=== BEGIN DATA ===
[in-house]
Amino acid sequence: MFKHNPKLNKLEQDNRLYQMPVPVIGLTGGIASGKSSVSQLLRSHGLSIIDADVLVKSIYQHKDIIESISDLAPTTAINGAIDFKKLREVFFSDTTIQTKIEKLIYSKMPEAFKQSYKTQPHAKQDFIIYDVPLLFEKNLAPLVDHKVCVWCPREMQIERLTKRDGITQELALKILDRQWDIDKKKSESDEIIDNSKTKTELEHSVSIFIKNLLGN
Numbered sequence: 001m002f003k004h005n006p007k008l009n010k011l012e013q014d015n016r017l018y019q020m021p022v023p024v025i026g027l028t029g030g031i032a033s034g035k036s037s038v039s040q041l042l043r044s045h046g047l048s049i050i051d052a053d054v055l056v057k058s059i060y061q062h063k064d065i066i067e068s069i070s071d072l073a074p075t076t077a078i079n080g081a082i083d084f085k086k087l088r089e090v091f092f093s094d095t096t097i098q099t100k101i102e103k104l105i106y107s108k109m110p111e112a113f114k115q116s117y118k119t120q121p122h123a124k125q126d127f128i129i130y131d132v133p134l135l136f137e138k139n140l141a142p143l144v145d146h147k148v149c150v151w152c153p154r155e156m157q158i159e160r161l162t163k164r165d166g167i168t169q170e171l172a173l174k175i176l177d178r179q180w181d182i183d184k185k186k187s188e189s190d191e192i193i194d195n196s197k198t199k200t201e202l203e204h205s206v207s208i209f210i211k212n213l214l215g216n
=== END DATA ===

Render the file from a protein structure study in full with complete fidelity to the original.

[in-house]
Amino acid sequence: MFKHNPKLNKLEQDNRLYQMPVPVIGLTGGIASGKSSVSQLLRSHGLSIIDADVLVKSIYQHKDIIESISDLAPTTAINGAIDFKKLREVFFSDTTIQTKIEKLIYSKMPEAFKQSYKTQPHAKQDFIIYDVPLLFEKNLAPLVDHKVCVWCPREMQIERLTKRDGITQELALKILDRQWDIDKKKSESDEIIDNSKTKTELEHSVSIFIKNLLGN
Numbered sequence: 001m002f003k004h005n006p007k008l009n010k011l012e013q014d015n016r017l018y019q020m021p022v023p024v025i026g027l028t029g030g031i032a033s034g035k036s037s038v039s040q041l042l043r044s045h046g047l048s049i050i051d052a053d054v055l056v057k058s059i060y061q062h063k064d065i066i067e068s069i070s071d072l073a074p075t076t077a078i079n080g081a082i083d084f085k086k087l088r089e090v091f092f093s094d095t096t097i098q099t100k101i102e103k104l105i106y107s108k109m110p111e112a113f114k115q116s117y118k119t120q121p122h123a124k125q126d127f128i129i130y131d132v133p134l135l136f137e138k139n140l141a142p143l144v145d146h147k148v149c150v151w152c153p154r155e156m157q158i159e160r161l162t163k164r165d166g167i168t169q170e171l172a173l174k175i176l177d178r179q180w181d182i183d184k185k186k187s188e189s190d191e192i193i194d195n196s197k198t199k200t201e202l203e204h205s206v207s208i209f210i211k212n213l214l215g216n